Top image: still, ‘American Woman’ (2019) dir. Jake Scott
We bring you our guide to living well in the world’s capitals, from exhibitions to cinema, food, drink, fashion, music and beyond. Just call it culture and take it, it’s yours.
LONDON, FRIDAY 11th October – SUNDAY 13th October 2019
Path of determination
This week’s film recommendation is Jake Scott’s American Woman. In blue-collar Pennsylvania, Debra Miller hasn’t had it easy. Played by Sienna Miller (an acclaimed performance), Debra’s life is dominated by good-for-nothing men, a runaway daughter and a string of making-ends-meet jobs.
A considered character study that’ll have you gripped throughout, as the film unfolds we’re drawn further into Debra’s story as – through pain and hardship – she finds hope in the darkest of places. Think of it as I, Daniel Blake only relocated to the Mid-Atlantic.
American Woman is out now.
Terrorise the terrorists
Or perhaps you prefer your films more satirical and downright hilarious? Cue Chris Morris’ new flick, The Day Shall Come. As the man behind such razor-sharp cultural and political commentary as The Day Today, Brass Eye, Four Lions and Nathan Barley, the British filmmaker returns, and he’s sharpened his blade.
“Based on a Hundred True Stories” – mainly stemming from Morris’ research into real examples of FBI sting operations to provoke, radicalise and incarcerate suspected or potential homeland threats – we follow the story of Moses Al Shabazz, a misinformed idealist railing against Miami’s gentrification who becomes the central figure in a skewed FBI’s plot. After all, it’s easier to create your own terrorists than catch real ones. A satirical indictment of US homeland security, it’s incredibly unhinged and therefore reflects today’s world impeccably.
The Day Shall Come is out now.
Dial it up
Whatever plans you have for the weekend, cancel them with immediate effect. Ty Segall is in London, and the mop-haired king of scuzz always (extra emphasis on always) takes priority. Taking up residency this weekend at Oval Space, the US scuzz wizard is offering three chances to catch his incredible live show – miss him three times, shame on you.
Garage rock’s prolific son is touring with his Freedom Band (which includes Mikel Cronin), laying waste to venues via new album First Taste, as well as a range of hits from Segall’s impeccable back catalogue. Turn up Friday eve, leave Sunday with your ears ringing and your heart truly pumping.
Ty Segall & Freedom Band play three nights at Oval Space, 11th, 12th and 13th.
And dedicated psych-fiends, be sure to make a pit-stop on Friday eve at Moth Club to catch Brit trio The Wytches, back in action after a short hiatus. Lap it up and surf that scuzz-wave all the way to Segall-ville.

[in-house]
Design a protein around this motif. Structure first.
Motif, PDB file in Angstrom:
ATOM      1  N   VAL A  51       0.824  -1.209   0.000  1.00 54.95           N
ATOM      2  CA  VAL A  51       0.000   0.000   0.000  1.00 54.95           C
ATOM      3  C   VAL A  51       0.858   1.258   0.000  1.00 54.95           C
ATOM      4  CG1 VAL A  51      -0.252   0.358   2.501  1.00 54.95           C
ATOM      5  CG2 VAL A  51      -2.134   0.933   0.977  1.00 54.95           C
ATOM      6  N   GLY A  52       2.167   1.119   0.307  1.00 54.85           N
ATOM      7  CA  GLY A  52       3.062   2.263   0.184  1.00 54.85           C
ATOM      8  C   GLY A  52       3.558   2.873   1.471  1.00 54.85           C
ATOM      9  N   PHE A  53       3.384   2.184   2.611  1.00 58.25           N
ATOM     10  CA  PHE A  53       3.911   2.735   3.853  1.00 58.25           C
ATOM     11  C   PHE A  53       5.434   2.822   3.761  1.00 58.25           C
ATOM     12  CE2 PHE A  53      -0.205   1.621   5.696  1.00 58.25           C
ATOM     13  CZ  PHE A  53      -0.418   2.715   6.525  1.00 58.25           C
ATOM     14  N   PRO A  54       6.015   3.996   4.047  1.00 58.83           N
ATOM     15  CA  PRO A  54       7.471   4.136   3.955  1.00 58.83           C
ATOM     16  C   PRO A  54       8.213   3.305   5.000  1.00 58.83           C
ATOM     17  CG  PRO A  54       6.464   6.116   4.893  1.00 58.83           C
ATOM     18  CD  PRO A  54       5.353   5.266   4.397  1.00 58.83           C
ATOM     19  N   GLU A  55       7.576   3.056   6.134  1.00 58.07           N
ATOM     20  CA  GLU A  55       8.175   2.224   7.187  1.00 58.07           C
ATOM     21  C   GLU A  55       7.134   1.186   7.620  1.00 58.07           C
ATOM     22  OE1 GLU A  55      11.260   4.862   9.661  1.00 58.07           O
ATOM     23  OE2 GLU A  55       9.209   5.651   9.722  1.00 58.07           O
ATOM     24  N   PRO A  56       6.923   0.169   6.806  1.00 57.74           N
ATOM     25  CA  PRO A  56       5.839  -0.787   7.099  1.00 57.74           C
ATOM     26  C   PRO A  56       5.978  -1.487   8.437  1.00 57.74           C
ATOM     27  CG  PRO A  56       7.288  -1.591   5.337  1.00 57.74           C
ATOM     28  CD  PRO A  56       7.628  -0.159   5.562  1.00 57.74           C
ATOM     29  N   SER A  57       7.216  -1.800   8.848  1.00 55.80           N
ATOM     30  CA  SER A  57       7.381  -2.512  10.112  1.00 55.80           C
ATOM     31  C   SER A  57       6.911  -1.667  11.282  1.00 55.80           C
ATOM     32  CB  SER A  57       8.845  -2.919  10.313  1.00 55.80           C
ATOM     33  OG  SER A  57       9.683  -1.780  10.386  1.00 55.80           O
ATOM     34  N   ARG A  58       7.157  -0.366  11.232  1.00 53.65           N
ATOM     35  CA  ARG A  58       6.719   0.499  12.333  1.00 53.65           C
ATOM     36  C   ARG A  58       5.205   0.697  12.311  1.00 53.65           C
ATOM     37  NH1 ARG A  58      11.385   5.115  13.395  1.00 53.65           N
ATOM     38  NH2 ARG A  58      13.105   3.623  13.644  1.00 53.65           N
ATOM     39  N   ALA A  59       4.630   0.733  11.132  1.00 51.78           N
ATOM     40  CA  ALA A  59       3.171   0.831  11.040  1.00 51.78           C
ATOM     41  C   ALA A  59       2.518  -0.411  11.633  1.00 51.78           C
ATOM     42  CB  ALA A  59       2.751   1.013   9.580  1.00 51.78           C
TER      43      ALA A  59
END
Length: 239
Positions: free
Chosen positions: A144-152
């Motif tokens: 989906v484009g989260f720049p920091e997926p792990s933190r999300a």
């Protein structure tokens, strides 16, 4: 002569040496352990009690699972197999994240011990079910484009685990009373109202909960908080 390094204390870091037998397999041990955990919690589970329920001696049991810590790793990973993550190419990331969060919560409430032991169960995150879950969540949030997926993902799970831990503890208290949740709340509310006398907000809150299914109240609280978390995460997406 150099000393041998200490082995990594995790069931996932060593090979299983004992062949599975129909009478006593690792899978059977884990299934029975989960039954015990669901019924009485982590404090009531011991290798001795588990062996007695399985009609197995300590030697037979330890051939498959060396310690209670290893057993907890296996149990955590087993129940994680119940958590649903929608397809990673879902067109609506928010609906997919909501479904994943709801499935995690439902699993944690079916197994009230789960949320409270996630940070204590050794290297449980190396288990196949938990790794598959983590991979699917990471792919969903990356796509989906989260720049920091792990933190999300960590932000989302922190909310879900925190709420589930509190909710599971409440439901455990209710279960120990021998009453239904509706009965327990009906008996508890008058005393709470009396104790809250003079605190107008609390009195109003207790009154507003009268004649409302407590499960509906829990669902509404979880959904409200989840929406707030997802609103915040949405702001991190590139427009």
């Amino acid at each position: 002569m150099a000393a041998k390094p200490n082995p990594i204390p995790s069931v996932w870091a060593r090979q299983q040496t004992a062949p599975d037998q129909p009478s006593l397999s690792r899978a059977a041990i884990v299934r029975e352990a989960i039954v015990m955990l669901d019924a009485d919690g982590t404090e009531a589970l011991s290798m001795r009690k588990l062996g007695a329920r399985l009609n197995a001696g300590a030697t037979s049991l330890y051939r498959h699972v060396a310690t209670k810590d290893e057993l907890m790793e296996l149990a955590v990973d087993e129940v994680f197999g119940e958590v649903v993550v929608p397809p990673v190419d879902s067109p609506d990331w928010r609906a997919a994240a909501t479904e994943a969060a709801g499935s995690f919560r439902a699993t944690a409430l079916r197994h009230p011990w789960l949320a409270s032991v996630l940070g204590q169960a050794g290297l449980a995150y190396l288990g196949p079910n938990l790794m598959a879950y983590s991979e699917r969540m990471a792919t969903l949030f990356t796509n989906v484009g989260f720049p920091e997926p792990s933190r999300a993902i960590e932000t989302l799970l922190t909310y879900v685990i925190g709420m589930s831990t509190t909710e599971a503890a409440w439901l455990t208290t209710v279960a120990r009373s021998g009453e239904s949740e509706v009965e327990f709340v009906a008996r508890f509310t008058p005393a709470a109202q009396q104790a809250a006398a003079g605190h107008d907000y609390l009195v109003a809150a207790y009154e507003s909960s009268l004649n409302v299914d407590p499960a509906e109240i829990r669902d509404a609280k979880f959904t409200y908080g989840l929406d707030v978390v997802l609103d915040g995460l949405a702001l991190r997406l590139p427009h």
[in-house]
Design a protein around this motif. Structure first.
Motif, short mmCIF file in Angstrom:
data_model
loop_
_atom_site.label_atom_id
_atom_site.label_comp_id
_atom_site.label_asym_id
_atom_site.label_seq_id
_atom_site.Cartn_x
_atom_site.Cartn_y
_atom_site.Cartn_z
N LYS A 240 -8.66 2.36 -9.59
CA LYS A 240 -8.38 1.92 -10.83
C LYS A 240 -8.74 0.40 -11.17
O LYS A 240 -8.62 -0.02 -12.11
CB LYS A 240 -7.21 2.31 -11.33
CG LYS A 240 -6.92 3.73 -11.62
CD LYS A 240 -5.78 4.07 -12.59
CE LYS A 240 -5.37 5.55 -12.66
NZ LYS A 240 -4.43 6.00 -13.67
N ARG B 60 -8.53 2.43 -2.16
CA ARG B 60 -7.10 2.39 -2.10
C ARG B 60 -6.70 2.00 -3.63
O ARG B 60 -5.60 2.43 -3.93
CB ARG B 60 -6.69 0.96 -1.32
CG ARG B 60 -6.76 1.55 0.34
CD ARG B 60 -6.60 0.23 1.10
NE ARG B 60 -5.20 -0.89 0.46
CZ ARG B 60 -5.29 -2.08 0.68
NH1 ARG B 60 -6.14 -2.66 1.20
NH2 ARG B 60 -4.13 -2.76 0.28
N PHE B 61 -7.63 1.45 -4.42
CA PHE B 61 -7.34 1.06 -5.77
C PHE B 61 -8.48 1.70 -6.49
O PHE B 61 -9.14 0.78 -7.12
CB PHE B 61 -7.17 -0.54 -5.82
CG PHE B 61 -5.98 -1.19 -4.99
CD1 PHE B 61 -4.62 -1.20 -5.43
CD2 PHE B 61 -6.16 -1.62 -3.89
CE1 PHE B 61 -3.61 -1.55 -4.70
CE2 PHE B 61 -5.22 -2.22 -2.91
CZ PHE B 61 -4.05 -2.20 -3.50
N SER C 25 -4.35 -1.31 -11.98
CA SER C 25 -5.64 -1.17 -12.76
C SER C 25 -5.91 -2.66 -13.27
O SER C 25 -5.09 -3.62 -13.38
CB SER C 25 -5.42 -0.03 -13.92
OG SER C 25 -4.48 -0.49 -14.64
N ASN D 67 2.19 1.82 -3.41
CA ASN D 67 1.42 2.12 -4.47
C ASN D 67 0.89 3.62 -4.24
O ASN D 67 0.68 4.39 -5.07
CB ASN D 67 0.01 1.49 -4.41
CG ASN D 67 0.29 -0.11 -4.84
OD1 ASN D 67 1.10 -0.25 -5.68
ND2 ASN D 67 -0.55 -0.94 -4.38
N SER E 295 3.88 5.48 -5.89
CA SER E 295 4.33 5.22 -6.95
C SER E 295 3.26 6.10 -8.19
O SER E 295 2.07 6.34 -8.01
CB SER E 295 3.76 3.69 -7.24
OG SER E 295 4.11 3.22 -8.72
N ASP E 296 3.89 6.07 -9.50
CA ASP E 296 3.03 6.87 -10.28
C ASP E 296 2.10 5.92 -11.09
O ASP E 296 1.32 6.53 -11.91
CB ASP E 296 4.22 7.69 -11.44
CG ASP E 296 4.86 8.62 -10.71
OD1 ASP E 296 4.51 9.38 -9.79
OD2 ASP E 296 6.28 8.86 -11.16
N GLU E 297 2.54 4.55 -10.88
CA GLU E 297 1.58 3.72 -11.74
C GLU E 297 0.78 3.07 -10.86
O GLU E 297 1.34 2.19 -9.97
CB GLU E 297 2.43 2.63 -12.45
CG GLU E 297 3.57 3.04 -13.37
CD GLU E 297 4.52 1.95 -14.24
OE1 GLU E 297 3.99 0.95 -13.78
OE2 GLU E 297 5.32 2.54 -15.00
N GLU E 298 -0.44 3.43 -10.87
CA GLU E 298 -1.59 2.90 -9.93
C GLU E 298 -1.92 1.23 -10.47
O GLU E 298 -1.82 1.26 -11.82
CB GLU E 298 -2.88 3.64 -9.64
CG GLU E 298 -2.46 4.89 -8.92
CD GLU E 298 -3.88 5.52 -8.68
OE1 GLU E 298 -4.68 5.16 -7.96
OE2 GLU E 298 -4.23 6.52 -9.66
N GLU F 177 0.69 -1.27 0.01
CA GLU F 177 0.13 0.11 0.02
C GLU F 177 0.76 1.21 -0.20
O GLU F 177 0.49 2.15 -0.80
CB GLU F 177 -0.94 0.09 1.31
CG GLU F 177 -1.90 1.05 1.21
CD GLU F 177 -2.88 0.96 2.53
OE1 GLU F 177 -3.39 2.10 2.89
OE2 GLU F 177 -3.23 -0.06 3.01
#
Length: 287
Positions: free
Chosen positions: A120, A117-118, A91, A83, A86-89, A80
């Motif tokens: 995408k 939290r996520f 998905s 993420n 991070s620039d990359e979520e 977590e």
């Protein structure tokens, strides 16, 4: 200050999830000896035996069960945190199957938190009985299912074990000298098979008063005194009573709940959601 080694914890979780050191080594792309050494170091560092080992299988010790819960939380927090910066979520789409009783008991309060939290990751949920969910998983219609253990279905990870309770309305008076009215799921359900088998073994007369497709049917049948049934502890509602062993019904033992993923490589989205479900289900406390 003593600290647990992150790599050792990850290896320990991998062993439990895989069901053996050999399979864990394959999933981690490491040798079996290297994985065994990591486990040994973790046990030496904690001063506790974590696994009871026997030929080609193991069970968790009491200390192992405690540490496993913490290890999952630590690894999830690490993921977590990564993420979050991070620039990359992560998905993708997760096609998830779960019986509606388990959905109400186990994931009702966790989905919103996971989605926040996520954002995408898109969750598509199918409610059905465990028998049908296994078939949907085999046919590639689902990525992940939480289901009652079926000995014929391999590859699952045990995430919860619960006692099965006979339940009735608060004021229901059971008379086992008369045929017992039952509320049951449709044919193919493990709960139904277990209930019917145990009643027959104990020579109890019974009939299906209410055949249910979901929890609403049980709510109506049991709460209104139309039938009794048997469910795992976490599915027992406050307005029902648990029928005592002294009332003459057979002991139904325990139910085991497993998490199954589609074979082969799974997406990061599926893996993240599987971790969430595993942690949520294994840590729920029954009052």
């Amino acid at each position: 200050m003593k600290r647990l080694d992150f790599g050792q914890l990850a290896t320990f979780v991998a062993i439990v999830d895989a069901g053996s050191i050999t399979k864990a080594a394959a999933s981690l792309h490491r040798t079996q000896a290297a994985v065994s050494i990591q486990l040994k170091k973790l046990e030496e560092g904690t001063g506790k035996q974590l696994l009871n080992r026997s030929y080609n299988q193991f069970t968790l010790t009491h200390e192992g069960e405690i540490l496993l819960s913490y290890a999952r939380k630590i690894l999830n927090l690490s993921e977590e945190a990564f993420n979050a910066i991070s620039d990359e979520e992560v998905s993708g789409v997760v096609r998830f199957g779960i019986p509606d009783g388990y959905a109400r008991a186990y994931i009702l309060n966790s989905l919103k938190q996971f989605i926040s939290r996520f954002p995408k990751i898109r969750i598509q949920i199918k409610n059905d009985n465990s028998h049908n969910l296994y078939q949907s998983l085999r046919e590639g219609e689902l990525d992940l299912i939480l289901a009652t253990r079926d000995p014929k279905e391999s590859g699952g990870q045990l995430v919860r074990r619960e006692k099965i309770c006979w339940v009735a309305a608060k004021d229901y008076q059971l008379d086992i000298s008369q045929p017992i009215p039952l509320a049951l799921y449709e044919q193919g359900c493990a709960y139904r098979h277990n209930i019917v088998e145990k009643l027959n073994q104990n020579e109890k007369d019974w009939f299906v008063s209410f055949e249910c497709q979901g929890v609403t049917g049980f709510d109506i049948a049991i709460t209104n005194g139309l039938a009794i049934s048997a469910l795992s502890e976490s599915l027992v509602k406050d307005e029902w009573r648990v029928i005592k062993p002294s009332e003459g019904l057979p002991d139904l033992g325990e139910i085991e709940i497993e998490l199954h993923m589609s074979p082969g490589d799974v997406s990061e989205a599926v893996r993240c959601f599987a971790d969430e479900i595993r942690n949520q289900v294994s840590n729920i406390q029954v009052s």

The Wytches play at Moth Club on Friday 11th October.
When it was announced earlier this year that US artist Kara Walker had received the Tate’s prestigious Turbine commission, nobody expected her to hold anything back. With enormous, awe-inspiring sculpture already a celebrated facet of her repertoire (Walker made a ten-meter high mambo-sphinx entirely of sugar in 2014), Fon Subheadings Americanus offers a biting take on the value of monumental public sculpture with a thinly veiled middle-finger to Queen Vic’s memorial, outside Buckingham Palace.
Laden with symbolism, this three-tiered fountain towers towards the roof like an inverted monument to the victims of the British Empire. A naked Venus, stood at its zenith, spouts water from her breasts and cut throat, a slave ship references JMW Turner’s 1840 Slave Ship painting of slavers throwing people from a boat headed for Jamaica in order to collect insurance money, while sharks circles below. The litany of art historical references, as well as the brutality which, in typical fashion, Walker has by no means shied away from, can only be appreciated in person.
Kara Walker: Fons Americanus is at Tate Modern, London, from 2 October 2019 to 5 April.
More, please. You got it!
Tucked away down an unassuming street behind Euston station, Diwana Bhel Poori house has been quietly serving up some of the best (and most reasonably priced) vegetarian Indian food for the last three decades. Its sparse interior and no frills approach is almost as legendary as the buffet it serves on weekends between 12-4pm (12-2:30pm on weekdays).
Raise a cynical eyebrow at the sound of ‘buffet’ if you wish, but be prepared to dispel all you thought you previously knew about the concept as you prepare your gut for a third helping of their legendary dosas. Sure – Bhel Poor has it’s fair share of unsavoury TripAdvisor reviews, but that’s the only thing stopping queues forming down the street and they’re mostly written by deluded tourists. Who do you trust more, them or us?
To top it all, this veggie feast is totally carbon-friendly!
Diwana Bhel Poori is located at 121, 123 Drummond St, London NW1 2HL